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July 27, 1979 - Image 24

Resource type:
Text
Publication:
The Detroit Jewish News, 1979-07-27

Disclaimer: Computer generated plain text may have errors. Read more about this.

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THE DETROIT JEWISH NEWS

24 Friday, July 27, 1979

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,!

Israel Returns Portion of Sinai to Egypt

TEL AVIV (JTA) — Is-
rael formally returned a
6,000 square kilometer
region of western Sinai to
Egypt at noon Wednesday,
in precise compliance with
the timetable set forth in
the Israeli-Egyptian peace
treaty.
The event was hailed by

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Egyptian Defense Minister
Kamal Hassan Ali as yet
another sign of "the resolute
decision of both our nations
to progress toward peace
and carry out the peace
treaty to the letter."
Hassan Alis message was
read by an Egyptian army
officer during ceremonies at
the Bir Naseb Oasis where
the Israeli flag was hauled
down and the Egyptian flag
raised, marking the second
stage of Israel's withdrawal
from Sinai. The area re-
turned today lies along the
Gulf of Suez and contains
the famous Alma Offshore
Oil Fields, the most prod-
uctive oil fields found by Is-
rael during its 12-year oc-
cupation of Sinai.
The region is inhabited
by about 4,000 Bedouins.

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The tribal chiefs and not-
ables invited to the cere-
monies came on donkeys
and camels, some in
trucks and tractors and a
few in private cars. The
Moslem Fast of Ramadan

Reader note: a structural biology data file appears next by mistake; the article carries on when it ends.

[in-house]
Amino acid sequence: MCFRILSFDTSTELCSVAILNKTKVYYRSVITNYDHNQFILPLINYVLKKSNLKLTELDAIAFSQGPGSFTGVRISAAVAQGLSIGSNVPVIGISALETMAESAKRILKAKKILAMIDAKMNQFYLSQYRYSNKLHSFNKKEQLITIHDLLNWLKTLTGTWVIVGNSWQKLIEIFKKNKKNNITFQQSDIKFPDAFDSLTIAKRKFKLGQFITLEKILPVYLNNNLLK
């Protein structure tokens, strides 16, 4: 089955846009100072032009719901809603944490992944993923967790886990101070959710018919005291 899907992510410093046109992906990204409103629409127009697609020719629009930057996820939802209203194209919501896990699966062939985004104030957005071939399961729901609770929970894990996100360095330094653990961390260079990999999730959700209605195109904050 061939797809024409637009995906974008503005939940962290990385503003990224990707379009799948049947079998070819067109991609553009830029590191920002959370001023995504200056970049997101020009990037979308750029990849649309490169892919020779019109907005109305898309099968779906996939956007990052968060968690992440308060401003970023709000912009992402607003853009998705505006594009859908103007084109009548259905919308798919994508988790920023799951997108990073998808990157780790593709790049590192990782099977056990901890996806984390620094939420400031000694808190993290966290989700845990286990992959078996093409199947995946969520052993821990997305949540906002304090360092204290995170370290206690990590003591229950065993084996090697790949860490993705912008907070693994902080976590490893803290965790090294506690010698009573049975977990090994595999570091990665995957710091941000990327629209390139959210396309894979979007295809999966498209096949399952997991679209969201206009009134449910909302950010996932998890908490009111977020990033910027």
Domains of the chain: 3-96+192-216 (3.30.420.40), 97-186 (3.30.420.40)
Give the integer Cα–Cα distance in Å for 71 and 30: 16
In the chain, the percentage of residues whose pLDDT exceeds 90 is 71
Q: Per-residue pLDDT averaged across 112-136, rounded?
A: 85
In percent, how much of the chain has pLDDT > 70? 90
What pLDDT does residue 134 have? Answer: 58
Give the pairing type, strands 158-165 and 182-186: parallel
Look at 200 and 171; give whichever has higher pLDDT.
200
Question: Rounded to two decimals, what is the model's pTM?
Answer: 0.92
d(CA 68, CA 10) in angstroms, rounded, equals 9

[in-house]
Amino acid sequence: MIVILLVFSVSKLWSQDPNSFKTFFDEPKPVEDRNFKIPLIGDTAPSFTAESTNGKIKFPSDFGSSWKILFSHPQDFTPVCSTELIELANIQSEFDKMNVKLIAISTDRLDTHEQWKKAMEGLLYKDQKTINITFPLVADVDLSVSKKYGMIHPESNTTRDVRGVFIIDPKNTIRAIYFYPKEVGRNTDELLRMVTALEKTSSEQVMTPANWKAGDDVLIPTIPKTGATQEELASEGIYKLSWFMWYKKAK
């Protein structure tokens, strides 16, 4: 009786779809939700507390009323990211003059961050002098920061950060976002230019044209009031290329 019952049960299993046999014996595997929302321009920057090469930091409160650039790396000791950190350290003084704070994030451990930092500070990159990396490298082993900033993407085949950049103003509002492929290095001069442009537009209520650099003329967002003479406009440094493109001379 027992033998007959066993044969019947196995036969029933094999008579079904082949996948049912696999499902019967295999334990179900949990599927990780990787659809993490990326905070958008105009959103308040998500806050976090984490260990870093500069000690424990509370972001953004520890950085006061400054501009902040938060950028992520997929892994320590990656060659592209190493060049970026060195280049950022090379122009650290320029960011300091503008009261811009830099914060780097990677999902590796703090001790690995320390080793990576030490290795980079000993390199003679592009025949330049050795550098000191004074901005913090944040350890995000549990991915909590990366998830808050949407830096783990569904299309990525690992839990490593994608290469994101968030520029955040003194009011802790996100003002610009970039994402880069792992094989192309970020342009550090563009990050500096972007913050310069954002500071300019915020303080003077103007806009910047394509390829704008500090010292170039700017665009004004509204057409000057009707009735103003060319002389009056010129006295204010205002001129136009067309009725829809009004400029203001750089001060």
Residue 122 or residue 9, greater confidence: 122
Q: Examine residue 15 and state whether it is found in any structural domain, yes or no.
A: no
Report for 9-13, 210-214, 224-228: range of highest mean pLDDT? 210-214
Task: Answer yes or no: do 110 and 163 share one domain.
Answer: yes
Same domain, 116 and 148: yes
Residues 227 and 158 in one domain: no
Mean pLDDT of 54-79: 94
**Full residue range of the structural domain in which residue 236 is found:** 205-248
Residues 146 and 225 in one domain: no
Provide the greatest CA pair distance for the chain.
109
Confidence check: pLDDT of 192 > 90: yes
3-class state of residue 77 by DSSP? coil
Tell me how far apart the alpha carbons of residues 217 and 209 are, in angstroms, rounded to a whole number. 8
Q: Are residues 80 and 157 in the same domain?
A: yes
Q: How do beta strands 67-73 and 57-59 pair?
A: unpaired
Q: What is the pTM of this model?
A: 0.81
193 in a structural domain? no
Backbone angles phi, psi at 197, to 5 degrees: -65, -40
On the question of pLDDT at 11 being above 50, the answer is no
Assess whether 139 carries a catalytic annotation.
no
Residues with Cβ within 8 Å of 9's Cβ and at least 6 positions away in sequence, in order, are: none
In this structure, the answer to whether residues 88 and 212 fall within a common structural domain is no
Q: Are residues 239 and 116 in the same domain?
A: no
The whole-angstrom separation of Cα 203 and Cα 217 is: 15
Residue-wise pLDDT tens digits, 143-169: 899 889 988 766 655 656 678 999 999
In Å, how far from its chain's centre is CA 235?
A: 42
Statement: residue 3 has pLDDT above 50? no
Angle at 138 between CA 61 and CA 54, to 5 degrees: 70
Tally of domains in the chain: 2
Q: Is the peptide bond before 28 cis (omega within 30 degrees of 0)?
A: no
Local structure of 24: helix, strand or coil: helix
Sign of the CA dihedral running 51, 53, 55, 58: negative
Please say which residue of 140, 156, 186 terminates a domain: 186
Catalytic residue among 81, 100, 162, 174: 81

is in progress so no re-
freshments were served.
But tonight the Bedouins
will hold their Fan-
tasiyeh, a traditional
oriental festival, to celeb-
rate the return of the
region to Egyptian sov-
ereignty.
Meanwhile Brig. Gen.
Dov Sion, the senior Israeli
member of the joint
Israeli-Egyptian Coordinat-
ing Committee, recited
some statistics to show how
the Bedouins have bene-
fited from more than a de-
cade of Israeli rule. He said
there are now 243 cars in
the region where there were
none in 1967; 11 schools
where none existed 12 years
ago; 10 medical clinics and
two tribal water installa-
tions where there were none
before.
As a, farewell gift, the Is-
raeli government distrib-
uted five kilograms of flour
to each of the 4,000 Be-
douins, a bottle of oil and IL
20 per head.
Under the peace treaty,
the next transfer of Sinai
territory to Egypt will take
place in four months. It will
include a monastery and the
southernmost tip of the
peninsula. Two more sec-
tions, one in the north and
one in the south, will be
handed over in six months.
By then, the Israeli-
Egyptian demarcation line
will extend from El Arish on
the Mediterranean coast to
Sharm El-Sheikh on the
Red Sea. The remaining
territory, extending from
that line to the old interna-
tional boundary between Is-
rael and Egypt will be re-
turned at the end of three
years from the date of ratifi-
cation of the peace treaty.

Arafat at UN?

NEW ,YORK — The Be-
irut newspaper An Nahar
says Palestine Liberation
Organization leader Yagir
Arafat may travel to New
York in mid-September for
the United Nations General
Assembly session.
Arafat addressed the
General Assembly in 1974.

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Boris Smolar's

`Between You
. . . and Me'

Editor-in-Chief
Emeritus, JTA
' (Copyright 1979, JTA, Inc.)

JEWISH INVENTORY: Interest in greater knowl-
edge of their Jewish roots is markedly increasing in
American-born Jews. There is a growing sense among in-
tellectuals that the American Jewish community is moving
into an unprecedented period of cultural maturity. There is
practically no publishing firm in the United States today
that does not include books of specific-interest to Jewish
readers in planning its list of new books for each season.
Books of Jewish knowledge in English — including
translations of works of Jewish thinkers in ancient time
and in the Middle Ages — are now being published in this
country in an ever-increasing number.
The University of Chicago Press is publishing this fall
the monumental work of Dr. Max Weinreich, "History of